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The Floyd Bennett Field Task Force



Tell the Story

We ask the Park Service to tell the story of naval aviation at Floyd Bennett and its role on the WW2 home front. We've accomplished some important first steps:

 - A teacher's lesson plan about Floyd Bennett Field in WW2 has been published.

Click here to see TwHP Lesson Plan

 - An interpretive brochure on Floyd Bennett Field in WW2 has been published.

Click here to download copy of brochure

- An interpretive / commemorative plaque was placed in the west lobby of the Ryan Visitor Center. (See NEWS ARCHIVE page). (The Ryan Center is closed for renovation and we ask that the Park Service restore the plaque to its former location in the front lobby).

 - Gateway NRAs Program and Activity Guide published an article. [See NEWS ARCHIVE page].

In addition, the Historic Aircraft Restoration Project (HARP), a Volunteer-in-Parks program based at Floyd Bennett Field's Hangar B is restoring and displaying WW2 aircraft that were associated with the Field. [See PARTNERS/LINKS page]

What's next? We ask the Park Service to develop materials that support interpretation of the Field's naval aviation heritage, in harmony with the parks other stories. This includes maps, displays, signs, web sites, tour programs, and other forms of visitor contact.

We're seeking the aid of experts and scholars to help the Park Service present information accurately, completely and in the proper context.


The Park seeks photos, documents, logbooks, and artifacts from Floyd Bennett Field during World War II. We encourage Floyd Bennett Field veterans, civilian workers and their families to consider donating appropriate items to the National Park Service.

Gateway National Recreation Area maintains an archive at Fort Wadsworth, under the care of a professional curatorial staff. These items are needed to document the story, and form the basis for future exhibits and museum displays.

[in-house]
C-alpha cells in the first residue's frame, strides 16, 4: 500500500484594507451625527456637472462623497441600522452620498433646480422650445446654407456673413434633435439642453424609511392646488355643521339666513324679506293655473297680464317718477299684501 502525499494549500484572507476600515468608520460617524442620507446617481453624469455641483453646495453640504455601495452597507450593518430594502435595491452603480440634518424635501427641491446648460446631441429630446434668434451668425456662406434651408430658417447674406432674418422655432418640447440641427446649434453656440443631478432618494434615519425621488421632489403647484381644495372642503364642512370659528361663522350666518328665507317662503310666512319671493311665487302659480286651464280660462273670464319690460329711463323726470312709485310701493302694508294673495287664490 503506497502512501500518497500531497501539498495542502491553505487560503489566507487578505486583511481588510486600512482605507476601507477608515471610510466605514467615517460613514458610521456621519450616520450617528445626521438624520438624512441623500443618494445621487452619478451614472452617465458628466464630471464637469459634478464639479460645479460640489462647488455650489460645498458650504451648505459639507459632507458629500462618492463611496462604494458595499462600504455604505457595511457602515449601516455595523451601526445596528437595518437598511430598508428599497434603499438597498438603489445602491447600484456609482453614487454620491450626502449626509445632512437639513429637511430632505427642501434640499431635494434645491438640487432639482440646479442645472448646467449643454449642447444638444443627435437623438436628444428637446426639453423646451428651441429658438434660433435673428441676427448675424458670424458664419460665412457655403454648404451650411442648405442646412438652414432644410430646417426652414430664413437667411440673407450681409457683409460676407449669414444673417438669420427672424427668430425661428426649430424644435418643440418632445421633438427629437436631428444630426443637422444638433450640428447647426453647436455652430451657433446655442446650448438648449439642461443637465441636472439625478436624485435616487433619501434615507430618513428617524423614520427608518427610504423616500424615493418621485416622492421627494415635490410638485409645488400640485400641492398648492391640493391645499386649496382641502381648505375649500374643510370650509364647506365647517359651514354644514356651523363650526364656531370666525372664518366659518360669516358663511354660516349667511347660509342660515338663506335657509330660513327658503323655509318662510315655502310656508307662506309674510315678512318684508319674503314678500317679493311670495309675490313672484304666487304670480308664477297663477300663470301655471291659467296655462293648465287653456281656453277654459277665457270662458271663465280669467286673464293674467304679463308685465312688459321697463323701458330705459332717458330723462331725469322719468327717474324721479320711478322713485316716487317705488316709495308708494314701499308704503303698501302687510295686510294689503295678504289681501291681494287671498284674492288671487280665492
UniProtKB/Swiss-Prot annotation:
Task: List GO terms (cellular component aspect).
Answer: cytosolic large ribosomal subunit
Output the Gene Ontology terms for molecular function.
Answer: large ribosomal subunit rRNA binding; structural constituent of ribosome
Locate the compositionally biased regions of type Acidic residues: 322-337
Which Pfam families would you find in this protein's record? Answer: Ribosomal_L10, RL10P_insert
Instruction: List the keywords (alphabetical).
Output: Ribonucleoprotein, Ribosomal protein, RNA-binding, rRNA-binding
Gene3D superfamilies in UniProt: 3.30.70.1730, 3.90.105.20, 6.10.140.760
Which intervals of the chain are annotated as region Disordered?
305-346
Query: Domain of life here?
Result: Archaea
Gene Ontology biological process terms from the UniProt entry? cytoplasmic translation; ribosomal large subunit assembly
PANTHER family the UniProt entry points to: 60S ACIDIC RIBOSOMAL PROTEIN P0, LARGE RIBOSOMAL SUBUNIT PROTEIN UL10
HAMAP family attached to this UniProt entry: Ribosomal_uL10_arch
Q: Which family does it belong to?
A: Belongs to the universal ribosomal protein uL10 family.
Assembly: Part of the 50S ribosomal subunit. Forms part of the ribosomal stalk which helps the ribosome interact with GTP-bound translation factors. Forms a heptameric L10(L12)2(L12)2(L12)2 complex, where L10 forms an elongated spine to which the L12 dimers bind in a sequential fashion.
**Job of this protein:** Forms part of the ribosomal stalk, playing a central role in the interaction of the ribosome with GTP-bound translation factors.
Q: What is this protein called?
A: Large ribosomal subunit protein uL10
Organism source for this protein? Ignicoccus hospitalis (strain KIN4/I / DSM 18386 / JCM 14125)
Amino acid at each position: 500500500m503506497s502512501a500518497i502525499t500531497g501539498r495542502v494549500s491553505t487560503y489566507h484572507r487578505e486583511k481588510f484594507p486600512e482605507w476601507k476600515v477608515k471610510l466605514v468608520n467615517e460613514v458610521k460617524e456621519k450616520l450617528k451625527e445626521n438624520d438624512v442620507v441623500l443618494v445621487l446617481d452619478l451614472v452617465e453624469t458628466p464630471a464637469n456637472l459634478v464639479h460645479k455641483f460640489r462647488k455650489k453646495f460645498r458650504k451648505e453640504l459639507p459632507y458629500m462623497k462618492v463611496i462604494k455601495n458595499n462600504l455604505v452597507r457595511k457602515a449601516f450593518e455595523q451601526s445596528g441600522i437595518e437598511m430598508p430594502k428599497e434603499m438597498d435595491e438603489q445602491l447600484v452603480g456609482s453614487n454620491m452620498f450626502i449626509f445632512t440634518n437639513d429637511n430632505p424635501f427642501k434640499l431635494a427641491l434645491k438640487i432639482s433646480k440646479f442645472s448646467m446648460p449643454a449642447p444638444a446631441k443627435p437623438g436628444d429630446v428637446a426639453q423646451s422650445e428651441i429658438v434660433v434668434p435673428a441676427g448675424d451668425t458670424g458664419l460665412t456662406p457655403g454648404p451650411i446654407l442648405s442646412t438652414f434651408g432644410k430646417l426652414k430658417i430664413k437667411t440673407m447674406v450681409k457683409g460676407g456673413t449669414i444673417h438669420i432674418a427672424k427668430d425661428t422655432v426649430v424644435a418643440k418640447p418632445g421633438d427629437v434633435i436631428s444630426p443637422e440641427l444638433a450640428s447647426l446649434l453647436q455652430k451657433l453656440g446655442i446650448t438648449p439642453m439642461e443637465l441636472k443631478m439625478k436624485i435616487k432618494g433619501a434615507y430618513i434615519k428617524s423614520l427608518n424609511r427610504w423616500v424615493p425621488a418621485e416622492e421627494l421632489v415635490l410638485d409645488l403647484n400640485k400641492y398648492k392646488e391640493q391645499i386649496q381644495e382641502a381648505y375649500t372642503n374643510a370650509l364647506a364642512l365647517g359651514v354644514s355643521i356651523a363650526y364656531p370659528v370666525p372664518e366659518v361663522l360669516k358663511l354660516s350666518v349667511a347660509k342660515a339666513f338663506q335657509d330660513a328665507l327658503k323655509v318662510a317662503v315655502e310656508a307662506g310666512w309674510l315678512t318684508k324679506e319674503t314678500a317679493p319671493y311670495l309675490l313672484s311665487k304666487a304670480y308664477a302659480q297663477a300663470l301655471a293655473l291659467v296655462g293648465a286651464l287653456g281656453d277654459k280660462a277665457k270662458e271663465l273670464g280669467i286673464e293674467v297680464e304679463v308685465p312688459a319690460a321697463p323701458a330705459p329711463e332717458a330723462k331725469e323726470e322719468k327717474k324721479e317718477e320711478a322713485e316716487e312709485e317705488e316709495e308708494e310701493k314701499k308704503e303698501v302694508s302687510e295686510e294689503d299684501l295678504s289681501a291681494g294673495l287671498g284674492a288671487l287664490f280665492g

We're seeking support for dedicated permanent exhibit space to tell the story of Floyd Bennett Field's military aviation heritage, and to collect, curate and allow supervised access to reminiscences, ephemera and scholarship on which the exhibits would be based.

We're also seeking private funds to restore the historic 1939 WPA mural sized portrait of famed naval aviator Floyd Bennett, for whom the Field is named. The Park Service has pledged to hang it in its original location inside the Ryan Visitor Center (historic control tower and administration building) when the Ryan Center has been suitably renovated for safe public access.


The New York State Historic Preservation Office has agreed that the Field is of national, not just local significance. This enables the Park Service to revise their planning process for visitor interpretation and historic preservation.


We ask that park staff to complete a revision of the 1980 Floyd Bennett Field National Register District - expanding the district's period of significance to include WW2 and possibly the Korean War, and expanding the district's boundaries to include historic WW2 Naval and Coast Guard buildings. This will allow planning for a much-needed military history interpretive program and historic preservation.


We ask that the Park Service's Comprehensive Interpretive Plan (CIP) and General Management Plan (GMP) be updated to include interpretation of the field’s period as Naval Air Station New York (1941-1972).

Remember the Veterans

The Task Force placed a privately funded plaque recognizing naval aviators who died on duty while stationed at Floyd Bennett Field. The plaque is located in the west lobby of the Ryan Visitor Center. [See NEWS ARCHIVE page]. (The Ryan Center is closed for renovation and we ask that the Park Service restore the plaque to its former location in the front lobby).

Preserve WW2 era Navy buildings

The National Park Service has lost by demolition historic WW2 era naval buildings and structures, including the BOQ (Bachelor Officers Quarters), Officer's Club (the interior furnished with fixtures from the French liner Normandie), and Hanger's 9 and 10 - base for the Naval Air Ferry Command.

We seek preservation and appropriate economically sustainable reuse of remaining historic WW2 naval aviation buildings (including the Administration Building, and Hangar B) and structures such as runways. Appropriate adaptive reuse of these badly deteriorated historic buildings should include telling the story of how these buildings originally served the mission of the Field.

Control Tower (Now Ryan Visitor Center) in 1950s